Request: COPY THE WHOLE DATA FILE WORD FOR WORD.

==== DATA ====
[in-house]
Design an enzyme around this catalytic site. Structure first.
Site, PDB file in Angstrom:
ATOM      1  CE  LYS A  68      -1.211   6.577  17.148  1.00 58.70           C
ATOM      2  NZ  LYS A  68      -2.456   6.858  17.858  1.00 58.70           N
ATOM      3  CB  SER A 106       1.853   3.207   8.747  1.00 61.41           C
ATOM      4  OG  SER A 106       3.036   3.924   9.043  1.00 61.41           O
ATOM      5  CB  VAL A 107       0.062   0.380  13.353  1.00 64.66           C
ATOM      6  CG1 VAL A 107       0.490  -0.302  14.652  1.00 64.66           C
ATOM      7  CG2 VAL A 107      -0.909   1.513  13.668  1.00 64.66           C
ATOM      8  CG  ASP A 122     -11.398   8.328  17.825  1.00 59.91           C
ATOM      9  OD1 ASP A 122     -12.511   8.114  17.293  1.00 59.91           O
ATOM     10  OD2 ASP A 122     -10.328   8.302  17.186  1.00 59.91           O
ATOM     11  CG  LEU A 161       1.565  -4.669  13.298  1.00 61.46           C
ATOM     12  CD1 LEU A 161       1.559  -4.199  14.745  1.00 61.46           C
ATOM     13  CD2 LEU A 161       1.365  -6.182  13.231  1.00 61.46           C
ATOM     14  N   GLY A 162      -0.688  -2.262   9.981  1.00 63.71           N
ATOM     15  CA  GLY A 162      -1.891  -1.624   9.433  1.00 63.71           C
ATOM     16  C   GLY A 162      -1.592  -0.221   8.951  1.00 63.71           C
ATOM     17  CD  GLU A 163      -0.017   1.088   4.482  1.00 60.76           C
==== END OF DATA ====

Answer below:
[in-house]
Design an enzyme around this catalytic site. Structure first.
Site, PDB file in Angstrom:
ATOM      1  CE  LYS A  68      -1.211   6.577  17.148  1.00 58.70           C
ATOM      2  NZ  LYS A  68      -2.456   6.858  17.858  1.00 58.70           N
ATOM      3  CB  SER A 106       1.853   3.207   8.747  1.00 61.41           C
ATOM      4  OG  SER A 106       3.036   3.924   9.043  1.00 61.41           O
ATOM      5  CB  VAL A 107       0.062   0.380  13.353  1.00 64.66           C
ATOM      6  CG1 VAL A 107       0.490  -0.302  14.652  1.00 64.66           C
ATOM      7  CG2 VAL A 107      -0.909   1.513  13.668  1.00 64.66           C
ATOM      8  CG  ASP A 122     -11.398   8.328  17.825  1.00 59.91           C
ATOM      9  OD1 ASP A 122     -12.511   8.114  17.293  1.00 59.91           O
ATOM     10  OD2 ASP A 122     -10.328   8.302  17.186  1.00 59.91           O
ATOM     11  CG  LEU A 161       1.565  -4.669  13.298  1.00 61.46           C
ATOM     12  CD1 LEU A 161       1.559  -4.199  14.745  1.00 61.46           C
ATOM     13  CD2 LEU A 161       1.365  -6.182  13.231  1.00 61.46           C
ATOM     14  N   GLY A 162      -0.688  -2.262   9.981  1.00 63.71           N
ATOM     15  CA  GLY A 162      -1.891  -1.624   9.433  1.00 63.71           C
ATOM     16  C   GLY A 162      -1.592  -0.221   8.951  1.00 63.71           C
ATOM     17  CD  GLU A 163      -0.017   1.088   4.482  1.00 60.76           C